“You know, I always thought when I was younger that if a man raised his hand to me, I would leave him immediately!” I was young and inexperienced, and I do have something on the autistic spectrum radar, which makes me often unaware of non-verbal communication and inept at reading emotions, but I knew enough then, without going into the theory of implicature in conversation, to grasp what she was saying, albeit indirectly. She should have packed her bags already, and left that unhappy marital home, and chalked up the brief marriage to experience. But the young man she was talking to… no, appealing to… was unable to offer advice or even a shoulder. I was dumbstruck, literally. I recall mouthing something like “oh! That’s… awful! Emmm?..” and that was maybe it. Silence followed. I think she changed the subject, but the rest of the conversation cannot be brought to mind now. She wasn’t there for a nice chat; she wanted somebody to do the right thing by her. But I had no idea what the right thing was. Marriage is sacred, isn’t it? Our vows mean something. They have to! Why walk to the end of an aisle and utter them, in the presence of everyone dear to you, and God, and not believe they mean anything?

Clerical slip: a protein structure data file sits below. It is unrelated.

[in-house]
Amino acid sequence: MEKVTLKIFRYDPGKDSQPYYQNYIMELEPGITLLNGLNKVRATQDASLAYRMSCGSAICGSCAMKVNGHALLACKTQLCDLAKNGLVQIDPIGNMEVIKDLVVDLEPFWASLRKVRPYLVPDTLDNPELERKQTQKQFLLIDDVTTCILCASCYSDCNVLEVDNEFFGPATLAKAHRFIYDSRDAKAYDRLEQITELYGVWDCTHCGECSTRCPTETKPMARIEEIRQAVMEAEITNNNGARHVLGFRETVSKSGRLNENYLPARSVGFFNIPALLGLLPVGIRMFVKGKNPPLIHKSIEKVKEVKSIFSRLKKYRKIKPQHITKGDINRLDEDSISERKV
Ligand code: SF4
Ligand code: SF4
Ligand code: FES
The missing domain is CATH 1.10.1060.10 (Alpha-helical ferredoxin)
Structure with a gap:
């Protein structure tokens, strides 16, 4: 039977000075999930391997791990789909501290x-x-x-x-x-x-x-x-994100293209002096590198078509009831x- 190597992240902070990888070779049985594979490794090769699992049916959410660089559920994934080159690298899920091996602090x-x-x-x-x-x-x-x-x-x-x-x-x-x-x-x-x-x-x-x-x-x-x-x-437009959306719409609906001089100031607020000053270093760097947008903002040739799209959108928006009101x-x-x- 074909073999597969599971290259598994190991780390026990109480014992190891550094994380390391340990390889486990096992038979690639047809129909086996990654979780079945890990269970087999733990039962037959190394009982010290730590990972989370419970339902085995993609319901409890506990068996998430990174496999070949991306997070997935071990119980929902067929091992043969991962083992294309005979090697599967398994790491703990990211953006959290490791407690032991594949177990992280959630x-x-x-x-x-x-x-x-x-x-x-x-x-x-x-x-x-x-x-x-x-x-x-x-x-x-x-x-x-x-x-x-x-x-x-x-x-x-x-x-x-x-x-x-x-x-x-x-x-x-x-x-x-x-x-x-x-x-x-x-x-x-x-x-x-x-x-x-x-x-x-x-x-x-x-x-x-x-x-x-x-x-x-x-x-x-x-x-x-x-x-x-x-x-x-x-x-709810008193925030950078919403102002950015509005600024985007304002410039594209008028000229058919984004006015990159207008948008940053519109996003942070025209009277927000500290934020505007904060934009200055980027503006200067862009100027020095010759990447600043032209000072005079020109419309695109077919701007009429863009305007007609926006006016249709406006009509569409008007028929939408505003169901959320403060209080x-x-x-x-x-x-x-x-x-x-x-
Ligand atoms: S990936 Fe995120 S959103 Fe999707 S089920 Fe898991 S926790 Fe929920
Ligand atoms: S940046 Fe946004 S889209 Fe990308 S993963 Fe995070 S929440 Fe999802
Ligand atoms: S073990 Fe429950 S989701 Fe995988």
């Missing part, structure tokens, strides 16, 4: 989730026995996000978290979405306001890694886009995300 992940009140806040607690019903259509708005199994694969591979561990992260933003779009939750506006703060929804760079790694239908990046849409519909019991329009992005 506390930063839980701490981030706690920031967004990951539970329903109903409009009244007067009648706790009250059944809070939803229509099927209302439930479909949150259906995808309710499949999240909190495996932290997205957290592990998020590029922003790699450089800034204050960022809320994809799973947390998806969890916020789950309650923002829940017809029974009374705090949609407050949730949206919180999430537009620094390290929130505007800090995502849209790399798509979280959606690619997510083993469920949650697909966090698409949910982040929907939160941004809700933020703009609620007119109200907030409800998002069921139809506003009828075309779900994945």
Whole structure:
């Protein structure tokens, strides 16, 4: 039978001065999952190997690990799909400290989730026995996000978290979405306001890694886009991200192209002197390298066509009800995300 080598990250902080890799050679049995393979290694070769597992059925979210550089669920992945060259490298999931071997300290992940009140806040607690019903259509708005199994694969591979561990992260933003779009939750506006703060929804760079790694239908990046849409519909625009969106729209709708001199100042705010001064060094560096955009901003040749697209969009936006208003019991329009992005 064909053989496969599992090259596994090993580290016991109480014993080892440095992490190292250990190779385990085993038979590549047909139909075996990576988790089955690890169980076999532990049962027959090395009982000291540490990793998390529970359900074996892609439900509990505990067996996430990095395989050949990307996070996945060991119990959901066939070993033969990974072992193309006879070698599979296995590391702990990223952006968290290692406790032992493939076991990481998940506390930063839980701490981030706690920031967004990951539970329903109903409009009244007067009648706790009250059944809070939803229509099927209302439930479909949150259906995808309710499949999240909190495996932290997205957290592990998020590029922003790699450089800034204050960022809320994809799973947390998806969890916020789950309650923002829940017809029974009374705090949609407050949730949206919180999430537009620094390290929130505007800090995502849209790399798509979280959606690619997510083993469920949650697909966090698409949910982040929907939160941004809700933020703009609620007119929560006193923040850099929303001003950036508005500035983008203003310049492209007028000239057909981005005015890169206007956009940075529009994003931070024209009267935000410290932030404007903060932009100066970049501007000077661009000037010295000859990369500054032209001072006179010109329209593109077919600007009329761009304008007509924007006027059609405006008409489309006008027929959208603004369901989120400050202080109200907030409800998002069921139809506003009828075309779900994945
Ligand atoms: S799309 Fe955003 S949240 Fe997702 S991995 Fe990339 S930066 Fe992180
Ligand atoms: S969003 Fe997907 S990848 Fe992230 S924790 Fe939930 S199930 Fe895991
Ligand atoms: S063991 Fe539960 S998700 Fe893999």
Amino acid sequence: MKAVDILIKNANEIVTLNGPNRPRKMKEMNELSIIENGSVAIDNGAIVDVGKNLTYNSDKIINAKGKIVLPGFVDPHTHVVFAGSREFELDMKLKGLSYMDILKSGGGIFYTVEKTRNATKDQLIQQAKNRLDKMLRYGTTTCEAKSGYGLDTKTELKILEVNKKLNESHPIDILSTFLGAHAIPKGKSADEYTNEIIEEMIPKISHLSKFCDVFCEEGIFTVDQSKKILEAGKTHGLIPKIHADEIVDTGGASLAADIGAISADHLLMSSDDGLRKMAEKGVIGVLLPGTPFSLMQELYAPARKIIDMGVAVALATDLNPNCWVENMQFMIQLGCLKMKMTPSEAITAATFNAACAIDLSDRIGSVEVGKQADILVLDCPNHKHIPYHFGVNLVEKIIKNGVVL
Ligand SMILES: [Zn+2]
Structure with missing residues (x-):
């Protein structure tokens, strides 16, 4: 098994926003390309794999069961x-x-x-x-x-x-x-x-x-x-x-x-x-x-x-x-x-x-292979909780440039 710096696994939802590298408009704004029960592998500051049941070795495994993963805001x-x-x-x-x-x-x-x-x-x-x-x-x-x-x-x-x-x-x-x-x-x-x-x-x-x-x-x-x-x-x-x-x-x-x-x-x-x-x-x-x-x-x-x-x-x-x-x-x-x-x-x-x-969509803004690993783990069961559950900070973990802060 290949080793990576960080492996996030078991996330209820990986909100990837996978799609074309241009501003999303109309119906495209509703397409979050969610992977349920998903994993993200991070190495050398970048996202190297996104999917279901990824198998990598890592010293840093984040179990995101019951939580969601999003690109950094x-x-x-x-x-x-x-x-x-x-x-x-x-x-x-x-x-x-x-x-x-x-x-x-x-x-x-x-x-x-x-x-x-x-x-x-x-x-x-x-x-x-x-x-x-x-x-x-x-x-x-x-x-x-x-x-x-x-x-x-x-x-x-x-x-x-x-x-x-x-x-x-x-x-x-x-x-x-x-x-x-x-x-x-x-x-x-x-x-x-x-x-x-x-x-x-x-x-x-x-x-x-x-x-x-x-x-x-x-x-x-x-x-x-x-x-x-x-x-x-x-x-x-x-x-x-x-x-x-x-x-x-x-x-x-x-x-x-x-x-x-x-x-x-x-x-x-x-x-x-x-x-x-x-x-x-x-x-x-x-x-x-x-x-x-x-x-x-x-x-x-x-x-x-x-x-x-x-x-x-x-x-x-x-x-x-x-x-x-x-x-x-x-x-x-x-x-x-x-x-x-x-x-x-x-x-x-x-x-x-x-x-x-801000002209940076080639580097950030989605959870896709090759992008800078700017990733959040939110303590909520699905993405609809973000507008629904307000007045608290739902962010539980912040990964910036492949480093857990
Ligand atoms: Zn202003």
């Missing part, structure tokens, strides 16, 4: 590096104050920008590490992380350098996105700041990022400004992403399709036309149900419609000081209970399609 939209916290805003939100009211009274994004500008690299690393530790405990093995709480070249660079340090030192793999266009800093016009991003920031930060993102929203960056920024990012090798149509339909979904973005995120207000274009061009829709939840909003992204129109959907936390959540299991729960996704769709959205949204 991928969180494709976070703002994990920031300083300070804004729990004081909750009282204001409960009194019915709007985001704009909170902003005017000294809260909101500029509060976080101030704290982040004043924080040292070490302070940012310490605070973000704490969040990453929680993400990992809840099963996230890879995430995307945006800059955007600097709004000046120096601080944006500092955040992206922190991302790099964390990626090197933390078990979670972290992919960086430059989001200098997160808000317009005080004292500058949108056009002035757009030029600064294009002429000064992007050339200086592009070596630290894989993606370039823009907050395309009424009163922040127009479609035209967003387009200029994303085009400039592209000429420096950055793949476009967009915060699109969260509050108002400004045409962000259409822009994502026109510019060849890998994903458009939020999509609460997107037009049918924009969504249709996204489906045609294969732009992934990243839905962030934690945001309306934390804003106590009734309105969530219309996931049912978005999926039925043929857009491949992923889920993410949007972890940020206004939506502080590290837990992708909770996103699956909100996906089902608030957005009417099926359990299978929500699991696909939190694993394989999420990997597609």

She left my house, and I never saw her again.
She hadn’t shown up at church for a few weeks, so eventually I asked a friend about her. Those were the days before mobile phones, and long before Facebook, so communication was not so easy: I had just expected to see her and talk again after a church service. The friend I asked, said “oh hadn’t you heard? She left her husband, and moved into a flat in Belfast somewhere. She’s not coming back to church, she’s too ashamed.” I cannot describe the emptiness I felt. Somehow I knew I’d not see her again, maybe ever. No point in trying to ring a telephone number I didn’t know, or visit an address few knew too, and as I said, I was lost for words anyway the first time, what more words would come to my useless tongue? At least she was out of that relationship!
Much later, after some soul-searching over why I couldn’t help a friend who sought my comfort, I realised what I should have said on that day:
“Your marriage vows mean something, yes, but they work both ways. His are as important as yours, and he promised… promised to love, honour and cherish you! In what universe does abuse measure up to the standards of love and cherishing? He has already broken the vows, so you are under no obligation to stay. Get out! I’ll go with you now and help you pack what you need. Go back to your parents, tell them. I’ll go with you. If you can’t face your own family, or you want to get away from where he can find you, I’ll ask my parents; I’m sure they’ll let you stay here for a while once I explain. Take my bed, I can sleep on the sofa. Stay as long as you need until you sort things out. Do you think you’ll need a counsellor? If you just want to talk, I’m here, or if you just need a shoulder for your tears.”